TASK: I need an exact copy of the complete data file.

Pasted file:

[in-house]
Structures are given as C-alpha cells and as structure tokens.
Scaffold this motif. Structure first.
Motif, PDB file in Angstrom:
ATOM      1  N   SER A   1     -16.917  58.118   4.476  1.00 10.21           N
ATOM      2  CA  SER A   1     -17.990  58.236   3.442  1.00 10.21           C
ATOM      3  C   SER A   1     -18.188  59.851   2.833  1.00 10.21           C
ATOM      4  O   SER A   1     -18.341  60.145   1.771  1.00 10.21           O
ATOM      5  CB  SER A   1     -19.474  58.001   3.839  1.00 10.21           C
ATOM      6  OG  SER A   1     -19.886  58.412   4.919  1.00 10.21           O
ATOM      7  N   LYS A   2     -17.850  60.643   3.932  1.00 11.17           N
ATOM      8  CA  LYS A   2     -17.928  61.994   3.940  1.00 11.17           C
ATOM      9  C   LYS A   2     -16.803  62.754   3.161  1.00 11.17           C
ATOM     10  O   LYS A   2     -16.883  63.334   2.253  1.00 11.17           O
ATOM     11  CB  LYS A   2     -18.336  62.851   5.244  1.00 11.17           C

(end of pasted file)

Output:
[in-house]
Structures are given as C-alpha cells and as structure tokens.
Scaffold this motif. Structure first.
Motif, PDB file in Angstrom:
ATOM      1  N   SER A   1     -16.917  58.118   4.476  1.00 10.21           N
ATOM      2  CA  SER A   1     -17.990  58.236   3.442  1.00 10.21           C
ATOM      3  C   SER A   1     -18.188  59.851   2.833  1.00 10.21           C
ATOM      4  O   SER A   1     -18.341  60.145   1.771  1.00 10.21           O
ATOM      5  CB  SER A   1     -19.474  58.001   3.839  1.00 10.21           C
ATOM      6  OG  SER A   1     -19.886  58.412   4.919  1.00 10.21           O
ATOM      7  N   LYS A   2     -17.850  60.643   3.932  1.00 11.17           N
ATOM      8  CA  LYS A   2     -17.928  61.994   3.940  1.00 11.17           C
ATOM      9  C   LYS A   2     -16.803  62.754   3.161  1.00 11.17           C
ATOM     10  O   LYS A   2     -16.883  63.334   2.253  1.00 11.17           O
ATOM     11  CB  LYS A   2     -18.336  62.851   5.244  1.00 11.17           C